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Sanchez v. Simply Right, Inc.

United States District Court, D. Colorado

May 22, 2017

AURELIO SANCHEZ, et al., Plaintiffs,
SIMPLY RIGHT, INC., et al., Defendants.


          RAYMOND P. MOORE United States District Judge.

         Pending before the Court is the April 13, 2017 Report and Recommendation (“R&R”) of U.S. Magistrate Judge Michael E. Hegarty (ECF No. 174), recommending granting in part and denying in part plaintiffs'[1] motion for conditional collective action certification (“the motion for conditional certification”) (ECF No. 121), and denying defendants' Simply Right, Inc. (“Simply Right”), Beatrice Permann, Daniel Kilgore, and Cinemark USA, Inc.'s (“Cinemark, ” and collectively, “defendants”) motion to strike (ECF No. 149). Also pending before the Court is plaintiffs' motion for status conference (ECF No. 177).[2]

         The Magistrate Judge recommended granting plaintiffs' motion for conditional certification in part because plaintiffs had made substantial allegations that the putative collective action members were similarly situated as to plaintiffs' minimum-wage and overtime claims under the Fair Labor Standards Act (“FLSA”). (ECF No. 174 at 11-16.) As a result, the Magistrate Judge recommended certifying a collective action defined as: “All Simply Right employees who cleaned Cinemark theaters on or after May 7, 2012 who brought non-employees to help them clean and/or who worked more than forty hours per week without payment of one-and-one-half times their regular rate for those hours worked over forty.” (Id. at 17.) The Magistrate Judge recommended, though, denying plaintiffs' motion for conditional certification as to the proposed notice to be sent to putative members because, in various respects, the notice was deficient. (Id. at 18-19.) The Magistrate Judge recommended that the parties confer as to a mutually agreeable notice and consent to join form, and for defendants to provide contact information and dates of employment of putative members once the notice was finalized. (Id.) The Magistrate Judge also forewarned the parties that they would have 14 days to file specific, written objections to the R&R. (Id. at 2 n.1.)

         Fourteen days later, Cinemark and Simply Right filed the only timely objections to the R&R. (ECF Nos. 175, 176.) Fourteen days thereafter, plaintiffs filed a response to both Cinemark and Simply Right's objections. (ECF No. 181.)

         I. Review of a Magistrate Judge's Report and Recommendation

         A district court may refer pending motions to a magistrate judge for entry of a report and recommendation. 28 U.S.C. §636(b)(1)(B); Fed.R.Civ.P. 72(b). The court is free to accept, reject, or modify, in whole or in part, the findings or recommendations of the magistrate judge. 28 U.S.C. §636(b)(1); Fed.R.Civ.P. 72(b)(3). A party is entitled to a de novo review of those portions of the report and recommendation to which specific objection is made. See Fed.R.Civ.P. 72(b)(2), (3). “[O]bjections to the magistrate judge's report and recommendation must be both timely and specific to preserve an issue for de novo review by the district court or for appellate review.” United States v. 2121 E. 30 St., 73 F.3d 1057, 1060 (10th Cir. 1996). Furthermore, arguments not raised before the magistrate judge need not be considered by this Court. Marshall v. Chater, 75 F.3d 1421, 1426 (10th Cir. 1996) (“Issues raised for the first time in objections to the magistrate judge's recommendation are deemed waived.”).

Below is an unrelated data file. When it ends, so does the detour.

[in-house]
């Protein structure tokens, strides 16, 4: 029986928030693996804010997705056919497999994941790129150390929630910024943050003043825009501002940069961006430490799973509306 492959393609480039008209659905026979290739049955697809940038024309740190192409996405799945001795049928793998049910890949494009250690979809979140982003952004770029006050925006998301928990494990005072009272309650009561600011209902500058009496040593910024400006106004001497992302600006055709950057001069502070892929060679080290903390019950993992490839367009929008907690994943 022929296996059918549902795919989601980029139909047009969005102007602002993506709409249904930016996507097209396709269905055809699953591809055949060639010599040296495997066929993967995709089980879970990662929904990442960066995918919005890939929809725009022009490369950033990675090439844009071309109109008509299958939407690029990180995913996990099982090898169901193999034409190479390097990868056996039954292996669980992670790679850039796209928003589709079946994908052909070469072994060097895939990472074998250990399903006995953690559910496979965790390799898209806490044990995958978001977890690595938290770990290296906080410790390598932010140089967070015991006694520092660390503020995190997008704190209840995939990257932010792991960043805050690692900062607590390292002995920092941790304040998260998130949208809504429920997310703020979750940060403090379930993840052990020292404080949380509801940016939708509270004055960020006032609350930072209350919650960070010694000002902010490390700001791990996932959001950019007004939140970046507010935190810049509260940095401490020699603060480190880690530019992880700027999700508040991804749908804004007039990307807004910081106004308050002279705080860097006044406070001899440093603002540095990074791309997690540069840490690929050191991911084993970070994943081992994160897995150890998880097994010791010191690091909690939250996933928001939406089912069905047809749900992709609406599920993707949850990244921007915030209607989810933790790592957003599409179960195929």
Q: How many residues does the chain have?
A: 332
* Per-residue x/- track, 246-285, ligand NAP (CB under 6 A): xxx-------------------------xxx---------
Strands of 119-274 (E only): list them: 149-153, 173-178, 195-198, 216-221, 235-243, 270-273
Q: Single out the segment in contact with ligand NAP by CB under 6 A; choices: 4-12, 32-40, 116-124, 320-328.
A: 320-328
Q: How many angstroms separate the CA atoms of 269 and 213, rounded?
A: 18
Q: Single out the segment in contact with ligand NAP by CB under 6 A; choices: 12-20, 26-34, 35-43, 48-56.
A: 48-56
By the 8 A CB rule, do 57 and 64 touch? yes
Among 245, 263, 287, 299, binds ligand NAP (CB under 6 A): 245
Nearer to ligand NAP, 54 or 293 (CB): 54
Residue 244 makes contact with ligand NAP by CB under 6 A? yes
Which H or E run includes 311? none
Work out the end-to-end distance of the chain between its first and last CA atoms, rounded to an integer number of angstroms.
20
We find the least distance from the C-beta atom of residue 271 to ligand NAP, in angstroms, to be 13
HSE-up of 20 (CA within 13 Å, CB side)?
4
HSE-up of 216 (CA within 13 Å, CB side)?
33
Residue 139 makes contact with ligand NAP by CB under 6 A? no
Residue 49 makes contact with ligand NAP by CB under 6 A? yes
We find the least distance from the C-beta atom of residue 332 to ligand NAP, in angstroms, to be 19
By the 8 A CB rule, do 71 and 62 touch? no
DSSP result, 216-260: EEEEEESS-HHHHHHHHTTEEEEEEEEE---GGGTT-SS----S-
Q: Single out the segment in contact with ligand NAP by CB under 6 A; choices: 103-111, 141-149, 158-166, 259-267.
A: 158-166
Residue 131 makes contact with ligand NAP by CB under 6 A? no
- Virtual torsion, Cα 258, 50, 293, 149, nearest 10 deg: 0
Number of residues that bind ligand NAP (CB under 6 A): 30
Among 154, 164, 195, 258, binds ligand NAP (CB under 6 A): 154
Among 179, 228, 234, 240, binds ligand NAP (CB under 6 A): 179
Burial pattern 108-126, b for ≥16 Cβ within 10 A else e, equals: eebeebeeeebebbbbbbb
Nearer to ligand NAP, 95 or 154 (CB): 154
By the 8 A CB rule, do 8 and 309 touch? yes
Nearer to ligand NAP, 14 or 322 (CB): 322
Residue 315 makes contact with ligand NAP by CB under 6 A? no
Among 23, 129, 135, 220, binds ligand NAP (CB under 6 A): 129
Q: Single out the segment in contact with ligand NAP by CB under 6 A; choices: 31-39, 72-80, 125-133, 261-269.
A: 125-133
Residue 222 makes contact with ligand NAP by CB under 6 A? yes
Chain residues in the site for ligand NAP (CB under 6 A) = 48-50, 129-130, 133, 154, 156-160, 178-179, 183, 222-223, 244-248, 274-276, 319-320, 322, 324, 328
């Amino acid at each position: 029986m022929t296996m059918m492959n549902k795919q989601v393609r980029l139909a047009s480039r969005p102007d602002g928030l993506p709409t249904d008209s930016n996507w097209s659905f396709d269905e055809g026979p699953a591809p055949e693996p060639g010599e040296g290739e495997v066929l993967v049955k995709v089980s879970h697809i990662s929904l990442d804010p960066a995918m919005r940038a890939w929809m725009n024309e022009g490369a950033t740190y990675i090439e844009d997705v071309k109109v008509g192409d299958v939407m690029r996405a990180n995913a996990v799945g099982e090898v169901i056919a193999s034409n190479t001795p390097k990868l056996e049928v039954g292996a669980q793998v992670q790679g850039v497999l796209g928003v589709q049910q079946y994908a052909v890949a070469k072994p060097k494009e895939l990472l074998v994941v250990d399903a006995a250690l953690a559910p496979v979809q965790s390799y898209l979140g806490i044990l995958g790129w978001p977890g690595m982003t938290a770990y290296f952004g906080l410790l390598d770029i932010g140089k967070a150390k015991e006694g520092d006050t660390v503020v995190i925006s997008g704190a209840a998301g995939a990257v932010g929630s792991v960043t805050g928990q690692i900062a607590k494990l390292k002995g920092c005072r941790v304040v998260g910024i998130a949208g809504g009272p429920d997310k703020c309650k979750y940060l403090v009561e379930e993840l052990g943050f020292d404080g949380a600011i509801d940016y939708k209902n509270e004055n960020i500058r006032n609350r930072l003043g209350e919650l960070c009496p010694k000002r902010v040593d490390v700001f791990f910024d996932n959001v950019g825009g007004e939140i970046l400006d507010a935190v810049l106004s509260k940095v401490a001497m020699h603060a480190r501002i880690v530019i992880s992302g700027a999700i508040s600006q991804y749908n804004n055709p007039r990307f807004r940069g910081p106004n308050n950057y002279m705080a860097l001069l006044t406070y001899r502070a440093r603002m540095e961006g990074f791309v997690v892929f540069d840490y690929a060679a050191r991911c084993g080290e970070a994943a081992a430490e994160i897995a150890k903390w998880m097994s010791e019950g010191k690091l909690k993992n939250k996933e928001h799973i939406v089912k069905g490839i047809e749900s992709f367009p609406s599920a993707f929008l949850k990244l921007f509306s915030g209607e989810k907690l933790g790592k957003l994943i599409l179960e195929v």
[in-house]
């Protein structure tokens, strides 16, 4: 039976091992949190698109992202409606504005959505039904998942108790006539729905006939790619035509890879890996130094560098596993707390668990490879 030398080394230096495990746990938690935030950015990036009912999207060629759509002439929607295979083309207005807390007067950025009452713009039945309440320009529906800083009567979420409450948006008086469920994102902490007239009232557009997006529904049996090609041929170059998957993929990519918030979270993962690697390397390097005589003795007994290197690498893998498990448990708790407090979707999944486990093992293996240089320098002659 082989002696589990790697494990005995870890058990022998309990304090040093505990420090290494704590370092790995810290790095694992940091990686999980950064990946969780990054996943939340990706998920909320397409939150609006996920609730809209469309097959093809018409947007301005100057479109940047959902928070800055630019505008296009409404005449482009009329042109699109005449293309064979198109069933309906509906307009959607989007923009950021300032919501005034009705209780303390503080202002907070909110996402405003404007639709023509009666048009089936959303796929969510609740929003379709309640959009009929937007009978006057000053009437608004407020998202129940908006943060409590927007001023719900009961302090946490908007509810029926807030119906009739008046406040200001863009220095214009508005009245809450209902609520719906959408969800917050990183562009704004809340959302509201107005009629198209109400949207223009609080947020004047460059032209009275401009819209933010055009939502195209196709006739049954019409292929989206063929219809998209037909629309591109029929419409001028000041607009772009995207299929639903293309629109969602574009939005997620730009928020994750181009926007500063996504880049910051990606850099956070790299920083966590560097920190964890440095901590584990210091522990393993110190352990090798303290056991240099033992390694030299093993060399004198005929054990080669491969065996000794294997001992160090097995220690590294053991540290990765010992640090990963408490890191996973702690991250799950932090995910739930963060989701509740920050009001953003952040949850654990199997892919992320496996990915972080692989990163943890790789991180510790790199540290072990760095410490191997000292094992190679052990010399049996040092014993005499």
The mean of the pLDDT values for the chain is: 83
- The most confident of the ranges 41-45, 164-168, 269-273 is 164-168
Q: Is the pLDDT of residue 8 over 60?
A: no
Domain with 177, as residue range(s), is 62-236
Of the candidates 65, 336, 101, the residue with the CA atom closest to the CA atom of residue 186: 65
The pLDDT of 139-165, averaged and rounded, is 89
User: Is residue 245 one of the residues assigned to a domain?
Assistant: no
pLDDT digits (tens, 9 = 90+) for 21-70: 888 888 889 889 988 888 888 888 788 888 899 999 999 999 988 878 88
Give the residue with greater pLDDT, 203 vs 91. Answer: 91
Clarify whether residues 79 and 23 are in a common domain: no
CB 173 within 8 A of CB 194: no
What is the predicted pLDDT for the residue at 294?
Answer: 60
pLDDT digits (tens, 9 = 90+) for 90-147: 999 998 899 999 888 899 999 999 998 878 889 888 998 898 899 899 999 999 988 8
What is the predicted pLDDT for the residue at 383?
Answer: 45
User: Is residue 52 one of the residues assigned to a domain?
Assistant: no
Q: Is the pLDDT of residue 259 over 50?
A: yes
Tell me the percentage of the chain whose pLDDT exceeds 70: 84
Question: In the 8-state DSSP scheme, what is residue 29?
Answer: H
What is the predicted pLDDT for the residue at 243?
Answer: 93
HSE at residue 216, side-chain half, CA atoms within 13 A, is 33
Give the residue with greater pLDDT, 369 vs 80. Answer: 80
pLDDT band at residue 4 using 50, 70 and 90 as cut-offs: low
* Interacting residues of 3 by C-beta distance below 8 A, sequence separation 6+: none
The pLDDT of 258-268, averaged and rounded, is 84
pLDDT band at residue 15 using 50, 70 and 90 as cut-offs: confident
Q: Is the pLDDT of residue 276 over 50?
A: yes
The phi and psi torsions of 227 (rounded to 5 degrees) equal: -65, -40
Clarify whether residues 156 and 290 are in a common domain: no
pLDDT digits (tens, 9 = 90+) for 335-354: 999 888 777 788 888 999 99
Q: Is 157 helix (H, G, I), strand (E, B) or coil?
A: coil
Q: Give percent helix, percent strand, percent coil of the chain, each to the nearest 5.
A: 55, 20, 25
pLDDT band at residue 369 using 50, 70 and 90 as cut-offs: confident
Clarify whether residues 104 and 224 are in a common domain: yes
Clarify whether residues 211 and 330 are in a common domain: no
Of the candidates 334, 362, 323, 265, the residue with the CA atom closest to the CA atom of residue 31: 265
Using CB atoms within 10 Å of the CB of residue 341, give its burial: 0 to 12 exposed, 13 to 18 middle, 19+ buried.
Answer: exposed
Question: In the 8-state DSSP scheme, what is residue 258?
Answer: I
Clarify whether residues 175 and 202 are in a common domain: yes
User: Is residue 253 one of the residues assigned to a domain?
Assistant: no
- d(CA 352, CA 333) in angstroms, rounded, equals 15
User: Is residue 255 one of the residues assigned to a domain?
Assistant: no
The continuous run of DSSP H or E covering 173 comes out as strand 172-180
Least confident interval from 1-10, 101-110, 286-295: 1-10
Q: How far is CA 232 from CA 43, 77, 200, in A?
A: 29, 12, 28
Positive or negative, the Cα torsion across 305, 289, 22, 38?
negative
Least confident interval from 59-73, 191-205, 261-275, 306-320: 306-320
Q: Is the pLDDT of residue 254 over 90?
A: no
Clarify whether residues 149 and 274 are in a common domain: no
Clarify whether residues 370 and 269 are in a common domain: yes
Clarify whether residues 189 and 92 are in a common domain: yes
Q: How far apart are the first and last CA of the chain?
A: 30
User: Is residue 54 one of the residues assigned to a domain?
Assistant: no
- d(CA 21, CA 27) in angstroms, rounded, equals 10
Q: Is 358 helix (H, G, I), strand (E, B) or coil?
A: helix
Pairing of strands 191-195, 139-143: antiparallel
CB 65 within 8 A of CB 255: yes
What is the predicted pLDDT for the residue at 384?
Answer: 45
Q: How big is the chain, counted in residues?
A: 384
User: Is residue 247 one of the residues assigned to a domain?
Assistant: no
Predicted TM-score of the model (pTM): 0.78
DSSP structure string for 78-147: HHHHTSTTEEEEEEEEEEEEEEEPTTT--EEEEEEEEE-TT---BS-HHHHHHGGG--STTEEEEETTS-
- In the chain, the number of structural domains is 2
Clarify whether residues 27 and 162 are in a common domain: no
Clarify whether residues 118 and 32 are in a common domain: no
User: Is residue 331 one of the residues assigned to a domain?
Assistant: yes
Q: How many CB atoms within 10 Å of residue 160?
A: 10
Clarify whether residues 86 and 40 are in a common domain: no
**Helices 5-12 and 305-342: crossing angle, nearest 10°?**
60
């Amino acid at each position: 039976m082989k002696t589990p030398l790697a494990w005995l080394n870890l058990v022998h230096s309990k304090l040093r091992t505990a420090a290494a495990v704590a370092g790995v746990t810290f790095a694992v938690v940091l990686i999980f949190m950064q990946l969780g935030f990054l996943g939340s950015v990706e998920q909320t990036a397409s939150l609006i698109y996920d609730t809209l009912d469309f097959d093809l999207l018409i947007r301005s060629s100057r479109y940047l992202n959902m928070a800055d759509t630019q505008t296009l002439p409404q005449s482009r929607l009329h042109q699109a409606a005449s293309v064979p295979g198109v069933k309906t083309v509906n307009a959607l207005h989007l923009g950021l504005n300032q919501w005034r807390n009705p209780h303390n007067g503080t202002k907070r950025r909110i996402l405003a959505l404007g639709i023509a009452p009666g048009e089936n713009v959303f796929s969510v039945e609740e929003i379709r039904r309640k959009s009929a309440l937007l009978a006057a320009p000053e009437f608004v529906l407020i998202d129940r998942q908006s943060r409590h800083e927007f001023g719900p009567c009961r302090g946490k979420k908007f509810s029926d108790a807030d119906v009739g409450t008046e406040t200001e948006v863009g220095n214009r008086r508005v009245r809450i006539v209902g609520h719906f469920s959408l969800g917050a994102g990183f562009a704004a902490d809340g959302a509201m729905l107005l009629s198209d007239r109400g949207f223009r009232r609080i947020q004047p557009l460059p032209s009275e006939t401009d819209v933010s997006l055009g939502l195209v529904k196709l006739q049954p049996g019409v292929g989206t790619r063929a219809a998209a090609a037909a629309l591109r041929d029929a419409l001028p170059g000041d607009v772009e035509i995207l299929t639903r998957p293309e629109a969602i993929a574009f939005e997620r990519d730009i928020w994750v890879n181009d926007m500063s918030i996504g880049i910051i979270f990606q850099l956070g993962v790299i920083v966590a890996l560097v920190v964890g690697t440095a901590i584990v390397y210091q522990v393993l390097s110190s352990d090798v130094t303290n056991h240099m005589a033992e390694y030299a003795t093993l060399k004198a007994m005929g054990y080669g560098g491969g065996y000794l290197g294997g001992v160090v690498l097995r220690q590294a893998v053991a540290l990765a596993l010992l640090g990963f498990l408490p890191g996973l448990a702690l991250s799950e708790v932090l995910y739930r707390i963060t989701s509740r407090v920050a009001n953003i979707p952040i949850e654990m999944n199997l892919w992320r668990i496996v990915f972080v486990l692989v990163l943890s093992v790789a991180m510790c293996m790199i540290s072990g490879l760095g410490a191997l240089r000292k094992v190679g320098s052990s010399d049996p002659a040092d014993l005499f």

“When no timely objection is filed, the court need only satisfy itself that there is no clear error on the face of the record in order to accept the recommendation.” Fed.R.Civ.P. 72, Adv. Comm. Notes, subdivision (b) (1983); see also Summers v. Utah, 927 F.2d 1165, 1167 (10th Cir. 1991) (“In the absence of timely objection, the district court may review a magistrate's report under any standard it deems appropriate.”).

         II. Legal Standard for Certification

         In Thiessen v. Gen. Electric Capital Corp., 267 F.3d 1095, 1105 (10th Cir. 2001), the Tenth Circuit Court of Appeals concluded it was not an abuse of discretion for a district court to apply a two-stage “ad hoc” process in order to determine whether putative collective action members were “similarly situated” for purposes of § 216(b) of the FLSA. At the initial “notice” stage, this Court “requires nothing more than substantial allegations that the putative class members were together the victims of a single decision, policy, or plan.” Id. at 1102 (quotations and alteration omitted). Then, at the conclusion of discovery, this Court makes a second, stricter determination of “similarly situated.” Id. at 1103. At this second stage, the Court “reviews several factors, including (1) disparate factual and employment settings of the individual plaintiffs; (2) the various defenses available to defendant which appear to be individual to each plaintiff; (3) fairness and procedural considerations; and (4) whether plaintiffs made [any] filings required by [statute] before instituting suit.” See id. (quotation omitted).

         Defendants ask that this Court not follow the precise two-step process outlined in Thiessen. Instead, defendants want this Court to enforce a “heightened standard” of “similarly situated review that is more than the “notice” stage but less than the second stage outlined in Thiessen. (ECF No. 175 at 12-13; ECF No. 176 at 5-6.) The Court will not do so. As an initial matter, Cinemark is correct that the Tenth Circuit has recently discussed Thiessen, in an entirely different procedural context to the one here, but that discussion does not help defendants in any way.

         In In re Chipotle Grill, Inc., Case No. 17-1028 (Mar. 27, 2017) (unpublished), the Tenth Circuit was faced with a petition for writ of mandamus, seeking vacatur of a district court's joinder of 10, 000 opt-in plaintiffs in a FLSA collective action. Id., slip op. at 1.[3] The Tenth Circuit observed that, in Thiessen, three different approaches to determining who was “similarly situated” were discussed. Id., slip op. at 3. Those three approaches were: “the ad hoc approach, the Rule 23 approach, and the spurious approach.” Id. In In re Chipotle Grill, the district court used something akin to the spurious approach, allowing individuals bringing the same statutory claim against the same employer to join as a collective, with the understanding that individuals could be challenged and severed from the collective if the basis for their joinder proved erroneous. Id., slip op. at 4-5. The Tenth Circuit concluded that this approach was not such a gross abuse of discretion to warrant mandamus relief, and thus, denied the petition. Id., slip op. at 5-9 & n.1. The Tenth Circuit reiterated that, in denying the petition, it was not making a “definitive determination on the merits” of the three approaches for analyzing “similarly situated.” Id., slip op. at 6 n.1.